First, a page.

Banks seek more funds to meet borrowers’ appetite

ANALYSTS say banks are opting for borrowing particularly bond issuance to finance the fast growing loan portfolios that outpaces deposit mobilisation.

The aggregate banking sector loan to deposits ratio crossed above 90 per cent since last June according to Bank of Tanzania’s Quarterly Economic Bulletin.

The Head of Research and Analytics from Alpha Capital Mr Imani Muhingo said above anything, this shows the opportunities for domestic banks as the demand for credit is still high, while private sector credit growth is 480bps higher than the central bank’s target.

“Bond issuance by the bank underscores the need of banks to turn to borrowings to finance their fast-growing loan portfolios that are outpacing deposits mobilisation,” he said.

The analysts’ views come after CRDB Bank got an approval from Capital Markets and Securities Authority (CMSA) to issue the first multicurrency green bond in the country with the big ticket size in Sub Sahara Africa.

The 300 million US dollar (780bn/-) corporate bond is the largest issuance in the market after NBC Bank 300bn/- issued recently and will be listed on both Dar es Salaam and London stock exchanges.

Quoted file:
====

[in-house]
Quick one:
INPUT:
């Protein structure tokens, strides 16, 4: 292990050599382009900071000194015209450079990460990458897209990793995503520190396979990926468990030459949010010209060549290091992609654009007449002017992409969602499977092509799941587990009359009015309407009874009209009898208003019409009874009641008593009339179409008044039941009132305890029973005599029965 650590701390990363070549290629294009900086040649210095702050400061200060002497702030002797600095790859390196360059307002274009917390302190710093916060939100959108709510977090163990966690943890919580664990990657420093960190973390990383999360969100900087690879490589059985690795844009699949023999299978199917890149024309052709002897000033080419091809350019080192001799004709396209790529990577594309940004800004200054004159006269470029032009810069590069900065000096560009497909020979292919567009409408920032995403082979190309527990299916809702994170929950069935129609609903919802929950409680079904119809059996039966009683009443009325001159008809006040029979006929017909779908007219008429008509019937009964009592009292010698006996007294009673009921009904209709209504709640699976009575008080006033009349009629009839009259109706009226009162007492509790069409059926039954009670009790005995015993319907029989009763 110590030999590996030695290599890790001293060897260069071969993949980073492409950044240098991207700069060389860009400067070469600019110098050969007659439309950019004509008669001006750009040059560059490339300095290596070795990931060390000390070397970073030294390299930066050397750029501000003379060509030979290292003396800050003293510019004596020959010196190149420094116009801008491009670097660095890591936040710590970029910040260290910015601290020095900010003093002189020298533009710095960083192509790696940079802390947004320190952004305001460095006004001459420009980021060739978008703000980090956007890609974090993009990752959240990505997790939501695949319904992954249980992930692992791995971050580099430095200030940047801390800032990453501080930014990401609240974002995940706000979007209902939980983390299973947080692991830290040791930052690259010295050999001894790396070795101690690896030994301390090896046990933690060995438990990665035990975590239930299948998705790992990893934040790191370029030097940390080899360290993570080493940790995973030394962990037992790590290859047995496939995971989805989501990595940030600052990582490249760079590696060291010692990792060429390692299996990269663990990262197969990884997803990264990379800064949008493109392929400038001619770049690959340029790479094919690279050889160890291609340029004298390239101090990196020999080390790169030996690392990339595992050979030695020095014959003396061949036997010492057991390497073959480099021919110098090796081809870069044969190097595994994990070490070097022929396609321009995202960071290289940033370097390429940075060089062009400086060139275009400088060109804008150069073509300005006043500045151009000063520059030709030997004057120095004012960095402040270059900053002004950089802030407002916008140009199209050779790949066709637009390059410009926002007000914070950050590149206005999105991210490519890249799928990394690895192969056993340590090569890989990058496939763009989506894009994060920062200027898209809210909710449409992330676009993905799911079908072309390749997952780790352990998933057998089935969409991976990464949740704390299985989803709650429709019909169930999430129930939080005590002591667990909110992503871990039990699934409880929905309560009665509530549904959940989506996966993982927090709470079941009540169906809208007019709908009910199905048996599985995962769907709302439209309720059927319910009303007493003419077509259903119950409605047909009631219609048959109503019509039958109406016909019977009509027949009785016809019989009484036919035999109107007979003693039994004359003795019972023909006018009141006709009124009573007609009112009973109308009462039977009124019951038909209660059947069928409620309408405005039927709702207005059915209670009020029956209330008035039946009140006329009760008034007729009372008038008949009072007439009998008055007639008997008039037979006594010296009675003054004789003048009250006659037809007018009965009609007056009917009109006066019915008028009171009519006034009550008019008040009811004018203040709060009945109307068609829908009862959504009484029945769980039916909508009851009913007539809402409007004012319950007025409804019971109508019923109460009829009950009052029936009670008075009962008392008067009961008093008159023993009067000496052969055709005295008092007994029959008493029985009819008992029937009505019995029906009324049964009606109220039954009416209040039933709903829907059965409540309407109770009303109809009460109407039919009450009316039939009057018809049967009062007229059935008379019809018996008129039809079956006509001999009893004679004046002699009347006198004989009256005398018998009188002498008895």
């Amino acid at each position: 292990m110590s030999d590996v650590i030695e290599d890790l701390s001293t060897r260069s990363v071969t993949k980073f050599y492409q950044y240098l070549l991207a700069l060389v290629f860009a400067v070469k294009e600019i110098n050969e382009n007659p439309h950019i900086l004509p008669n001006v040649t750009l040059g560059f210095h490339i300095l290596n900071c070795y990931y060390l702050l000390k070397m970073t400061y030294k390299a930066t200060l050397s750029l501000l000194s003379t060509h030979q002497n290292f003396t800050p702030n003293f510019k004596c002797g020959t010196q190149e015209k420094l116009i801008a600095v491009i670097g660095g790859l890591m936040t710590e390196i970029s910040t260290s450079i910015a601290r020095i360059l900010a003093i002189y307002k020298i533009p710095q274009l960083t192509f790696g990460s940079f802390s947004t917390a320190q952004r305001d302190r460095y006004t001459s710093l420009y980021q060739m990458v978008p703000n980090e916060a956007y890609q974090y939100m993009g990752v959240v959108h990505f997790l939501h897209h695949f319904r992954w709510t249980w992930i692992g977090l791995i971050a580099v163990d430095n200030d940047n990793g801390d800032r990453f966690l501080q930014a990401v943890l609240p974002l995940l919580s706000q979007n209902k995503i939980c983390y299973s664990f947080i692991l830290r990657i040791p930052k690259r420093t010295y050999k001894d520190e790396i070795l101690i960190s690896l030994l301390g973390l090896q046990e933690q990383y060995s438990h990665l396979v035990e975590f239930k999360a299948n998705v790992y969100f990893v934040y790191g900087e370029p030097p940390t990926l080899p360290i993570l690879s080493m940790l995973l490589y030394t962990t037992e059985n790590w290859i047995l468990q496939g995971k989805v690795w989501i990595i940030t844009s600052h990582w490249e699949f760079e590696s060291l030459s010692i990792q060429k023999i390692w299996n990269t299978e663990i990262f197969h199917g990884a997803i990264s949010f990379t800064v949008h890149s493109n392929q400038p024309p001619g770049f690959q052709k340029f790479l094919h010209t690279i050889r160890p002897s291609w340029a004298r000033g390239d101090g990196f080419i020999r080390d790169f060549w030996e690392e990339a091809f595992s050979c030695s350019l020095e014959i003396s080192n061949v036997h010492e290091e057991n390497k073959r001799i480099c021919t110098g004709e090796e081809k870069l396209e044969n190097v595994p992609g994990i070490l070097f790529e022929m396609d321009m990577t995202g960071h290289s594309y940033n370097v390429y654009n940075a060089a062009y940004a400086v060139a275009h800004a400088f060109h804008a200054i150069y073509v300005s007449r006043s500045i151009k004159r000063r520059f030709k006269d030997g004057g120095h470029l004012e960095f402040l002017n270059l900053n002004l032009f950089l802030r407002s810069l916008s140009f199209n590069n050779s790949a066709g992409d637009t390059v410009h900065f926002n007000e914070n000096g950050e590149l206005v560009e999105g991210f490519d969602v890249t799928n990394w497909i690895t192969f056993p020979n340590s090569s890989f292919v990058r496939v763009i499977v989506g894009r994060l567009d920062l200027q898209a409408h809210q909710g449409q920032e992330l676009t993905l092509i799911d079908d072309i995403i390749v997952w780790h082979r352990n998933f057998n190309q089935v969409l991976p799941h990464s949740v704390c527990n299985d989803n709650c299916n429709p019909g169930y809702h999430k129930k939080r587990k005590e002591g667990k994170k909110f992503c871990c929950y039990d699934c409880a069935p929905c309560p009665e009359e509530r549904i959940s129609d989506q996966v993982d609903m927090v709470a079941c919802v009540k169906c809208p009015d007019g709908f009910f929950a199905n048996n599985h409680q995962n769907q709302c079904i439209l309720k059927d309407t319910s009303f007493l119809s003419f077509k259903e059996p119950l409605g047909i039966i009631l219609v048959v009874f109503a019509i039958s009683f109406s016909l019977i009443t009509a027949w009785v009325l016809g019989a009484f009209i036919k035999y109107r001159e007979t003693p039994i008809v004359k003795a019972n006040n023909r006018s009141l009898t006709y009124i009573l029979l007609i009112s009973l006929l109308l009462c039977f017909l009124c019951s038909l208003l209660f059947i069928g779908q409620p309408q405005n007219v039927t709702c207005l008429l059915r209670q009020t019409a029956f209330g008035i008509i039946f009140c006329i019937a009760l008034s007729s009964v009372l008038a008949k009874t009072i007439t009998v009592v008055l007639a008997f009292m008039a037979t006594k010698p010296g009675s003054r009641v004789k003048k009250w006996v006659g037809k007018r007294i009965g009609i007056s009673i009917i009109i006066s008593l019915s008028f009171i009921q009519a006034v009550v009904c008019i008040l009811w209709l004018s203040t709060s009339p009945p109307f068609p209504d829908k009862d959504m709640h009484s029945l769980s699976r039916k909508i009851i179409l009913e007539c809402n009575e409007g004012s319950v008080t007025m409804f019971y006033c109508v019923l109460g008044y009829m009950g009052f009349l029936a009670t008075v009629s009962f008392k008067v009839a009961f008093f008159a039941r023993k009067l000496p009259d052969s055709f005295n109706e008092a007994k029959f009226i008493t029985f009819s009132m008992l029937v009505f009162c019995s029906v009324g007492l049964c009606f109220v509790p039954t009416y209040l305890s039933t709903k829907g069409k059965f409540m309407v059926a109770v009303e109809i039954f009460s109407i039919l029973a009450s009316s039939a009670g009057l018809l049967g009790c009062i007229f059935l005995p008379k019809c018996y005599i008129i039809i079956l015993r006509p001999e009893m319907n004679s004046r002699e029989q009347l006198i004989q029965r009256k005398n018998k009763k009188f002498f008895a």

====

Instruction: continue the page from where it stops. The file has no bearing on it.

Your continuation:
The announcement and details of the bond IPO and interest rates expected to be announced next Wednesday. The minimum amount offered per purchases starts at 500,000/-.

The loan to deposits ratio for CRDB reached 90.6 per cent in June 2023, from 85.0 per cent in June last year and 71.5 per cent in June 2021.

As a result, the net interest margin for CRDB has dropped from 80.8 per cent in last year to 70.8 per cent in June this year as the bank mobilises more expensive financing.

On its part, Zan Securities Limited Weekly Wrap-ups said being the first multicurrency green bond to be listed in the country its issuance might increase activity in the capital market from investors of both domestic and foreign counters.

The bond baptised ‘Kijani Bond’ which is also CRDB corporate colour, aims to support government’s efforts to ensure that the financial sector enables access to financial resources to finance development activities.

“This step is important,” according to CMSA Chief Executive Officer Nicodemus Mkama, “as it contributes to stimulating the growth of the private sector, the public and the country’s economy in general,”

CRDB Group CEO and Managing Director Abdulmajid Nsekela said the funds raised from the sale of the Kijani bond will be used to invest in projects mitigate the effect of the climate change, preserve the environment and have a positive impact on society.

“Sectors that will benefit from the bond proceeds will be lent to agriculture, renewable energy, sustainable industries, construction, water, health and education,” Mr Nsekela said adding:

“This step is important, as it will facilitate the implementation of the United Nations Sustainable Development Goals (SDG), especially goal number seven that encourages access to clean energy for all.”

The government has put in place a strategy to encourage the use of renewable energy, so the issuance of the Kijani bond will facilitate the implementation of not only the government’s goals but also its ambition to invest in clean energy while meeting the SDG directives.

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